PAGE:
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Farmers' Market Finds: More than just produce
Right Food for the Season - Early Summer
Written by Lara Zelman   
Local farmers markets aren’t just for freshly harvested fruits and vegetables anymore.  
Stop by almost any market and you’ll find a wide variety of vendors. You’ll definitely see the traditional farm stand booths – with items like tomatoes, greens, corn, and berries. But you’ll also meet food entrepreneurs with prepared salads, jams, baked goods, smoked fish, and more. Almost every market around the Boston area has booths with freshly made cheese and locally raised meats. With the availability of so many diverse products, it is easy to make the farmers market your one-stop-shopping destination. I’ve been able to change my food buying habits to reduce the amount of meat and fish I buy at the grocery store.
Growing up, one of my grandmother’s specialties was breaded veal cutlets. She would pan fry the cutlets and serve them with a hearty side of spaghetti and tomato sauce. I really enjoy veal, but I’ve never been comfortable picking it up at the local big chain grocery stores. On my trips to the farmers market this winter and spring, I was excited to find local veal available from Lawton’s Family Farm. They raise all their cows on their farm in Foxboro and manage every step of the process, ensuring that their animals are humanely raised. This attention to the animals results in high quality beef and veal available at the market. No matter who is working at the booth, they can answer any question you have about the meat.  You can’t get that at the grocery store! Lawton’s Family Farm is also the home to the Foxboro Cheese Co.  
You can find them at a number of markets around Boston – the SoWa Open Market, Prudential Center, Natick, and more.   
I decided to buy a package of veal cutlets to make for dinner. The veal cutlets are huge. By North End standards they would be one serving, but in our house it was about four servings. If you’ve never made veal cutlets before, the trickiest part is not cooking them too long. They are thin pieces and need just a few minutes in the pan before they are ready.  I pulled out my skillet and got to work on my version of my grandma’s signature dish, which includes some fresh basil from the market. Before I started I followed the advice of the farmer and pounded out the cutlets a little more before cooking. For the side dish I served farfalle with a few other farmers market finds, English shelling peas and purple scallions.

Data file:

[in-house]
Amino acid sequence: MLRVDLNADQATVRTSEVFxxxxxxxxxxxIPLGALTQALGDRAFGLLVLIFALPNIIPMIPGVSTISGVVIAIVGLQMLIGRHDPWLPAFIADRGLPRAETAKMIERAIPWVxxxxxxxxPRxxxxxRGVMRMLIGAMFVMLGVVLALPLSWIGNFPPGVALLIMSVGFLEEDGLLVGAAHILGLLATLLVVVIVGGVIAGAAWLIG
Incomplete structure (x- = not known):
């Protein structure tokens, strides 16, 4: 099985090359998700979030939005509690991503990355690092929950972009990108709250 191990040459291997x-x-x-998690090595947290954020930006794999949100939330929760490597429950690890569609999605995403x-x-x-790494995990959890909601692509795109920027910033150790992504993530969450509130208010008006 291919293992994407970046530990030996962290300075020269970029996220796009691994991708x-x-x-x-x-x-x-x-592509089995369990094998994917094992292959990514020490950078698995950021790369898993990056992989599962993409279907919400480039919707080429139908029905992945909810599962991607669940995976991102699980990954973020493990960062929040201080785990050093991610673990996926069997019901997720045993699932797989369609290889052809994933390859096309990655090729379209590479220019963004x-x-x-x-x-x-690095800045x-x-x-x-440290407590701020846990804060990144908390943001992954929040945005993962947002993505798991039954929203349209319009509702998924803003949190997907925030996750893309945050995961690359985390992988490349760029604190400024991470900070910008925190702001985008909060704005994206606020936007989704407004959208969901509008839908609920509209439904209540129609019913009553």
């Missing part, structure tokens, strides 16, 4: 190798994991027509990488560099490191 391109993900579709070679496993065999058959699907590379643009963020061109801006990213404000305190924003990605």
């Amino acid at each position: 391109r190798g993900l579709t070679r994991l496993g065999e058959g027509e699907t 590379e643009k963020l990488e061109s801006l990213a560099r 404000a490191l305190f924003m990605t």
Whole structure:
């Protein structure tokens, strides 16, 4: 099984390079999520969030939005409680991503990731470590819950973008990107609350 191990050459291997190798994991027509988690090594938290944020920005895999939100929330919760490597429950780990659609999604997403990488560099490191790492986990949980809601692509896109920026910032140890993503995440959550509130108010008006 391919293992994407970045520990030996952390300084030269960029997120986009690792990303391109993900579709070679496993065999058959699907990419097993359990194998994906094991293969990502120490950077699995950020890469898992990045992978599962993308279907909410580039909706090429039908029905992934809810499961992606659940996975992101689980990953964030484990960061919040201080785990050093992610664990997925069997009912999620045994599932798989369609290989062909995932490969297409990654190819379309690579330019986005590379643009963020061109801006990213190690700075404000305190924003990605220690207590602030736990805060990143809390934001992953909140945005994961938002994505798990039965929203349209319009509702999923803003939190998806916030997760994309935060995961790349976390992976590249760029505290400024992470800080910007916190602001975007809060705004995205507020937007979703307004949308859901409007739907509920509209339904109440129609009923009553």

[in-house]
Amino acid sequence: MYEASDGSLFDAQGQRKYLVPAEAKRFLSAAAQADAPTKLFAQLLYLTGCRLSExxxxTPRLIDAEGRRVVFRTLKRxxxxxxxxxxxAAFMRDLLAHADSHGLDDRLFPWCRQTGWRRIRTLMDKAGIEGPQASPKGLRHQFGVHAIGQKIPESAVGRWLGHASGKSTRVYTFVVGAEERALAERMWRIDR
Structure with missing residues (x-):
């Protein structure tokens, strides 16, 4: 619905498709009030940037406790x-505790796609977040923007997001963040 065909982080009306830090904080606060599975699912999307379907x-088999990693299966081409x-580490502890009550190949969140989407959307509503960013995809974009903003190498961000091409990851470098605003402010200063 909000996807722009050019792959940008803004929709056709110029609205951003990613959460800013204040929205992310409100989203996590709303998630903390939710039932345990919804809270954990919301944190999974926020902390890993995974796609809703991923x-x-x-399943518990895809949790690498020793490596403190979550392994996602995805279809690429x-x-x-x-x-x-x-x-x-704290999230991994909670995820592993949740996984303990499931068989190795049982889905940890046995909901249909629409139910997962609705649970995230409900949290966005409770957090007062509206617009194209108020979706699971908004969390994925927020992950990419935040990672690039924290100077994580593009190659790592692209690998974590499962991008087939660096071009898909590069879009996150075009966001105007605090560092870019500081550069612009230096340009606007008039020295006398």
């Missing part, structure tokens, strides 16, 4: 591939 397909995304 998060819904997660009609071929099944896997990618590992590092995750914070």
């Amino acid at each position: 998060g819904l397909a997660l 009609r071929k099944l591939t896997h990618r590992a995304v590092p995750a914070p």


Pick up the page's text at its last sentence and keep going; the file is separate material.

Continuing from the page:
Next time you’re at the market be sure to look for more than just veggies. Try some grass-fed beef, humanely raised veal, local seafood, pork, and more.
See you at the market! 

Grandma’s Breaded Veal Cutlets with Fresh Basil

2 veal cutlets (about 1 lb.), lightly pounded to even thickness
1/2 cup flour
2 eggs, lightly beaten with a splash of water
1 cup breadcrumbs
About a tablespoon of fresh basil, chopped into small pieces
Basil leaves for garnish
A few tablespoons of olive oil (enough to cover the bottom of the pan)
Salt and pepper 
Wash the veal and pat dry. Heat the oil in a large skillet over medium-high heat. Set up an assembly line with three pie plates. Put the flour in the first dish, eggs in the second, and the breadcrumbs and chopped basil in the third. Take one cutlet and dredge in flour, coating evenly and shaking of the excess. Dip quickly in the eggs, being sure to coat the entire cutlet. Dredge in the breadcrumb and basil mixture, coating evenly. Set aside onto a plate and repeat the process with the second cutlet. Place both cutlets into the skillet with the hot oil. Cook for about 3 minutes on the first side. Flip and cook for an additional 2-3 minutes, being careful not to overcook. Garnish with basil leaves before serving. 

Farmers' Market Farfalle

1 lb. farfalle pasta
½ cup English shelling peas, shelled
3-4 purple scallions, chopped
¼ cup red pepper pesto (or your favorite sauce)
Salt for cooking pasta 
Cook pasta according to directions. When there are about 3 minutes left, add the shelled peas to the pasta pot. While this is cooking, sauté the scallions in a small skillet over medium heat until just softened. Drain the pasta and return to the pot. Add in scallions and pesto and toss.   



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